Social Media and Securities Fraud Litigation
Unfortunately, tweets from CEOs and famous influencers are not the only way that social media can affect your retirement fund. The social media giants themselves have a responsibility to their users. For instance, Twitter executives were accused of misleading the public about their user metrics in 2014 and later reported that their actual user growth was much slower than anticipated. On this news, the price per share of Twitter stock fell dramatically. Securities litigation has since been filed for shareholders who were affected by Twitter’s allegedly false and misleading statements.*
Additionally, Facebook itself has had its name in the news for multiple reasons over the past few years, rarely in a positive light. The revelation that Facebook allowed Cambridge Analytica to gain access to an estimated 87 million of Facebook’s users’ private data largely sparked the current debate on data privacy and social media presence.
Social media’s impact on our day-to-day lives has been deeper than we could have anticipated. Nearly everyone is on social media in some form and it has changed the way we interact with each other. Some of those changes are good—it is now easier than ever to keep in touch with friends and family no matter where they might be in the world. But, many of those effects are also negative. It is much easier to be rude or divisive through a keyboard than it would be in person. There is evidence that terrorist groups use social media to recruit young and impressionable youth from around the world. Our politicians often now use social media to announce policy decisions and engage in trade wars.
Effect on the Stock Market
The changes that social media has inflicted on our world may seem unrelated to your retirement plans, but they are not. Social media platforms have a massive effect on the market in three major ways: political, corporate, and potential securities fraud. In short, these changes affect your retirement fund’s bottom line.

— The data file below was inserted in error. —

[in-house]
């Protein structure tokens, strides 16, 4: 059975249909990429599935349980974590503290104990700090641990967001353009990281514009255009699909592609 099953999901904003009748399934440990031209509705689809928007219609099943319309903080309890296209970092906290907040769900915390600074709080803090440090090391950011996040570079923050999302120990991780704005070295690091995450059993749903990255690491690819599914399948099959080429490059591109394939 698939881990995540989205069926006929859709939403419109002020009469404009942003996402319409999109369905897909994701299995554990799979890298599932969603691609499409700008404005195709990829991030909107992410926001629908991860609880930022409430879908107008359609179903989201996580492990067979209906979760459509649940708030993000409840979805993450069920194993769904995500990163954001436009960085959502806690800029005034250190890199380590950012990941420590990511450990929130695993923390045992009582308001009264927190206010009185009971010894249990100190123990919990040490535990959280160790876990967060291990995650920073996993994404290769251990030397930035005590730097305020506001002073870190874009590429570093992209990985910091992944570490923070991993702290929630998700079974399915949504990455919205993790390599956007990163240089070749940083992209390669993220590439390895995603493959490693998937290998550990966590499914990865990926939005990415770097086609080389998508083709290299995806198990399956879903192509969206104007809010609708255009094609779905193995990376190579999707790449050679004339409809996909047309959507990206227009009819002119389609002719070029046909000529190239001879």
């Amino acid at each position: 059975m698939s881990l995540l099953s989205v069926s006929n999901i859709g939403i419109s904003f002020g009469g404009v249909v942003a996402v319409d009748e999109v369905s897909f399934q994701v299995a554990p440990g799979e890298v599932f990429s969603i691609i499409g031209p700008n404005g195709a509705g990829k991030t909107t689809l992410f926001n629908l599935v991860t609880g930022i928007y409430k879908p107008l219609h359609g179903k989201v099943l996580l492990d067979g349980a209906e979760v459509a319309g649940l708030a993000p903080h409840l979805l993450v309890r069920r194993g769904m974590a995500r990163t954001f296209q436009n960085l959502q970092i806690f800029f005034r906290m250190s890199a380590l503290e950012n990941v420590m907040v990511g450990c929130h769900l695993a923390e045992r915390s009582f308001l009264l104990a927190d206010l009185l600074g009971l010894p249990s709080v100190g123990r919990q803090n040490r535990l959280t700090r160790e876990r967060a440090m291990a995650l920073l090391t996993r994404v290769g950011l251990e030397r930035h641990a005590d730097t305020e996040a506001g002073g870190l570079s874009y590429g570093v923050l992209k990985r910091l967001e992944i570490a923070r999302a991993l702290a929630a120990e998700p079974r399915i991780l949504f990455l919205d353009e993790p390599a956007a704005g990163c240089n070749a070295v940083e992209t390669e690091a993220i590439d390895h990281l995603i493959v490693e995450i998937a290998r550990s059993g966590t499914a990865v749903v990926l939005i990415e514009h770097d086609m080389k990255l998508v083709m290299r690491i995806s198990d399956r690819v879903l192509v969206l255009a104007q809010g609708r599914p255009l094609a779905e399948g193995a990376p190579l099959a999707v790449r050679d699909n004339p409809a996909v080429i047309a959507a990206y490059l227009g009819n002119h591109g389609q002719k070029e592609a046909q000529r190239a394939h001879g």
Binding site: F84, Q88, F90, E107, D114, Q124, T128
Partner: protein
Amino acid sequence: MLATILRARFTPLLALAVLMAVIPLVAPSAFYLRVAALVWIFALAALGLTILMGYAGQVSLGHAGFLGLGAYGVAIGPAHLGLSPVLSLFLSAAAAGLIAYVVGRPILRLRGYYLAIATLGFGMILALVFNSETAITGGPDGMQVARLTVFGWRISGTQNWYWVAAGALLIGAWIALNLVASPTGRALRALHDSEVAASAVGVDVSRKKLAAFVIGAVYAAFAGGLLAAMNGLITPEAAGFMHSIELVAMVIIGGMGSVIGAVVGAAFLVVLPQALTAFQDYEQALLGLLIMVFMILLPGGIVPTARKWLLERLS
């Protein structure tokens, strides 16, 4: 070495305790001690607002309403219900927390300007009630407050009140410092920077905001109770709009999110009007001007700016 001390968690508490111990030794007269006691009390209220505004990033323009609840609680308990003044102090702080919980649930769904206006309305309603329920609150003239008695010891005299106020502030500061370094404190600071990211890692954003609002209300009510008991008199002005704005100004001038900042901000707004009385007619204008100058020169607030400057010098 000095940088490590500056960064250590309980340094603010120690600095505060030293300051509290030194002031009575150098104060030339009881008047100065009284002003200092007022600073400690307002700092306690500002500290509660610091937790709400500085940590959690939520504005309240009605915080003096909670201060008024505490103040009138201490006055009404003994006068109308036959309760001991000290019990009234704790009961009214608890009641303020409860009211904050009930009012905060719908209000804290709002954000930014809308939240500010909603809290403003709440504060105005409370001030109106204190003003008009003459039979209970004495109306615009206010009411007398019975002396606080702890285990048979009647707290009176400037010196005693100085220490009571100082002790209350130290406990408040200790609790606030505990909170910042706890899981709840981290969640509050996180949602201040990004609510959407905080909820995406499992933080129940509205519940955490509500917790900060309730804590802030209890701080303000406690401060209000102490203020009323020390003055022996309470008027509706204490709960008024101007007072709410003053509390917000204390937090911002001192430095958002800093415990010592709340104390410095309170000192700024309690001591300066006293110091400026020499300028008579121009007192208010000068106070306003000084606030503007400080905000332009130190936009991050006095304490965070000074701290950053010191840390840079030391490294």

So, what can be done? There needs to be greater federal government regulation of social media giants, but the government has been slow to enact regulations for social media companies. Regulations to protect users’ privacy, to require action on threats of violence or terrorist activity, and to prevent securities fraud seem like common sense. However, where the government declines to step in, there is litigation. Securities fraud litigation can help pension funds recover losses caused by corporate misconduct and misinformation. Data breach litigation can help protect those who have been affected by identity theft, or have had their personal information exposed. Finally, trustees of pension funds and individual stockholders watching over their own retirements can be vigilant. Sitting on the sidelines of social media is not an option. With the way that companies now communicate with investors, at least being a passive consumer of social media is all but required. My colleagues Marlon Kimpson and Meredith Weatherby discussed this more in a blog, Shareholder activism: An investment opportunity.
However, as shareholders and as individuals you can take steps to protect yourself. Watch the market and pay attention to what major influencers say on social media. If you are going to engage on social media, employ privacy protections through the platform and be conscious about what you share. If you wouldn’t share that information in a public setting, don’t share it on social media. With all the benefits that social media confers, remember that those benefits can come with a price. Be vigilant.
* Motley Rice is co-class counsel for Twitter shareholders in securities fraud litigation alleging false and misleading statements by the company.